Lior
A54 #18, SHARONA


Re: Water maker hose in the Bahamas

Bill Kinney
 

Pat,

I don’t have a specific answer for you, but if you are in Spanish Wells, you are surrounded by the Bahamas high seas lobster fishing fleet.  Every one of those boats has many hydraulic systems onboard. Just ask any of the locals, in our experience they are VERY helpful and friendly.  If they don’t know who does hydraulic repairs locally, they will point you to someone who does know.  I would very much expect a local can help, but the absolute WORST cast you’ll have to go to Freeport.

Hydraulic hoses suitable to replace your leaking HP hose are a very simple and inexpensive thing to source.  Having one shipped in will cost a mint.  

Before you have the hose replaced, be sure to examine the two fittings the hose connects to.  A common failure failure mode here is pitting corrosion of the mating surfaces of BOTH the hose and the fixed fitting.  If the fixed fitting is AT ALL corroded, scratched, cracked, or otherwise damaged it will need to be replaced as well from the same source.

If one hose has failed, it might be worth replacing the other one as well as a preventative matter.  

When installing the new fittings it is not good enough just get them “tight”. It is completely possible to over-tighten these and crack the sealing flare. Follow this procedure EXACTLY:

  1. Assemble the fittings. Using Loctite on the sealing surface (not the threads!) is helpful, but not absolutely required. You can always add it later if it can’t be found locally.
  2. Screw down the female nut until finger-tight. At this point the seat is making contact. You can double-check by trying to wiggle the tube portion of the female fitting. You should not be able to feel any movement. If there is movement, try tightening the nut again while wiggling the tube. If the nut won't turn any further by hand, and things are still moving, look for the reason why the nut stopped short. 
  3. Mark the fittings. Using a permanent marker, draw a line on one flat of the hex on the male fitting and a matching line on the female nut (the two lines should line up). This is your reference mark.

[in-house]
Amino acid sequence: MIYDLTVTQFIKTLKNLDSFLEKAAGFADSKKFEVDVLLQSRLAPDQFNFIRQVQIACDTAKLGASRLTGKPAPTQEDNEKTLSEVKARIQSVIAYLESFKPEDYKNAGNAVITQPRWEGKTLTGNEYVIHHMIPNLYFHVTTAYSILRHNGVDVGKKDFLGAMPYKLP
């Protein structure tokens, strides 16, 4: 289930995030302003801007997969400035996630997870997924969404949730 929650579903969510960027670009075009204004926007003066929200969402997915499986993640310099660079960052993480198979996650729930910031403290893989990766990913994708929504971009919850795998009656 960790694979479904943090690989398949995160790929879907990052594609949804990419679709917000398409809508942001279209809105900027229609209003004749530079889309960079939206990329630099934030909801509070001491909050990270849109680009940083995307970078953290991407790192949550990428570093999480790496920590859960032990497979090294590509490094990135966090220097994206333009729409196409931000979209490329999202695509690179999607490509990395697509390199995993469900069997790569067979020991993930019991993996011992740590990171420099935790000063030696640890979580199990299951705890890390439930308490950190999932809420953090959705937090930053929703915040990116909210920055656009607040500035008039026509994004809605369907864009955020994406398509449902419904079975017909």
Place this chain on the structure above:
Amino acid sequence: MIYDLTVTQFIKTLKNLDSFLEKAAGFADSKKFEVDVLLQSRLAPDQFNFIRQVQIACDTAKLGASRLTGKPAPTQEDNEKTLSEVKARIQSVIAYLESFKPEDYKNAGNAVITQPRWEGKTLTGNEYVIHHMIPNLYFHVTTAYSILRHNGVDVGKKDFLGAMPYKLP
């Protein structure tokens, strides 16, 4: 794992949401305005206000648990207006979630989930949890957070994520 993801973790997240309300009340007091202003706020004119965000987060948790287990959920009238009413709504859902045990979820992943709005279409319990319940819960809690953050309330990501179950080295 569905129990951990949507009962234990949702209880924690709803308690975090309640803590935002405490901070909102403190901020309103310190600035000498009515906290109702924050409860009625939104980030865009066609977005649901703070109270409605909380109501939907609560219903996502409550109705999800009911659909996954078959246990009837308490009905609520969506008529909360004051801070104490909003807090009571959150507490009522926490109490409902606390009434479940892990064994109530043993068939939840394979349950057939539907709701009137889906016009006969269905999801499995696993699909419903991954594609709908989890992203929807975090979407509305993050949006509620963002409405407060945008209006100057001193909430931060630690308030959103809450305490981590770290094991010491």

4. Tighten the fittings. Using two wrenches to avoid torquing the fixed fitting, tighten the female nut 1/4 turn, or 1.5 hex flats. Check your reference marks to be certain that the nut has been tightened 1/4 turn. STOP.  If it leaks when this tight something is wrong and more torque is rarely the answer.
Bill Kinney
SM160,  Harmonie
Fort Lauderdale, FL 


Re: Problem with the valve on the watermaker 100 DUO

Bill Kinney
 

I’m guessing that you have tried this already, but just in case:  check belt tension!

If you have a laser tachometer check the speeds and compare 24v vs 220v and 220v motor shaft vs it’s specification.

Bill Kinney
SM160, Harmonie
Fort Lauderdale, FL


Re: Water maker hose in the Bahamas

Eric Freedman <kimberlite@...>
 

Patrick,

Just make sure that the hydraulic hoses they use are not reinforced with any form of steel mesh. Many have a blue hose that is rated for high pressure and they can reuse your JIC fittings. They are expensive.

If they are steel reinforced the steel will rust and really mess up your watermaker.

Fair Winds

Eric

Kimberlite Amel Super Maramu #376

 

 

From: main@AmelYachtOwners.groups.io On Behalf Of JB Duler
Sent: Tuesday, December 28, 2021 12:56 PM
To: main@AmelYachtOwners.groups.io
Subject: Re: [AmelYachtOwners] Water maker hose in the Bahamas

 

Patrick,

Ask the local contractors or county officials where they get their tractors, bulldozers fixed. Any machine with hydraulics or large compressors must change their high pressure hoses on a regular basis. Believe me, they don't send the hoses back to the manufacturers. Small shops have the right fittings, the hoses and the small machine required to fit the hardware to the hose.
--
John Bernard "JB" Duler
San Francisco
Meltem # 19, Western Med


Re: New Engine

Teun BAAS
 

I donated my old engine to the local (NEW CALEDONIA) Maritime School; they happily accepted.

 

Best Regards Teun

SV AMELIT  A54  #128

 

HOPE ISLAND MARINA (near BRISBANE) QLD AUSTRALIA

December 28, 2021 15:21:52

 

You can follow AMELIT via this link: https://forecast.predictwind.com/tracking/display/AMELIT

 

 

From: main@AmelYachtOwners.groups.io <main@AmelYachtOwners.groups.io> On Behalf Of Danny and Yvonne SIMMS via groups.io
Sent: Friday, December 24, 2021 14:29
To: main@AmelYachtOwners.groups.io
Subject: Re: [AmelYachtOwners] New Engine

 

Thanks for your comments Trevor. I stripped all the ancillary parts off the old engine and left the rest with the Volvo dealer.

Regards

Danny

SM 299

Ocean pearl

On 25/12/2021 08:18 Trevor Lusty <trevlusty@...> wrote:

 

 

James,
           Check  with several of your local area Volvo dealers if there is a trade in value for your old  Volvo engine. The Irish Volvo dealer was using this as a ruse to justify substantial discounting of smaller Volvo engines in spring of this year.

If I had a choice it would be BETA all the way because it is Kubota, it's simple, strong and reliable, parts easily sourced,  what else would you want?
It also comes with a five year self service warranty. I have come across boats with thousands of hours on Betas and no problems.

My first choice for the past thirty years has always been Yanmar.

The only engine ever to give me trouble was Volvo - BUT - Danny's words can't be argued with, I have read dozens of his posts over the years on mechanical issues and he is always right on the money.

He is bang on about the ease of installation, which on a SM will save you a fortune. My wife and I replaced our gearbox at sea off the coast of Mexico and it was straightforward.

Good luck.

Trevor Lusty
Ireland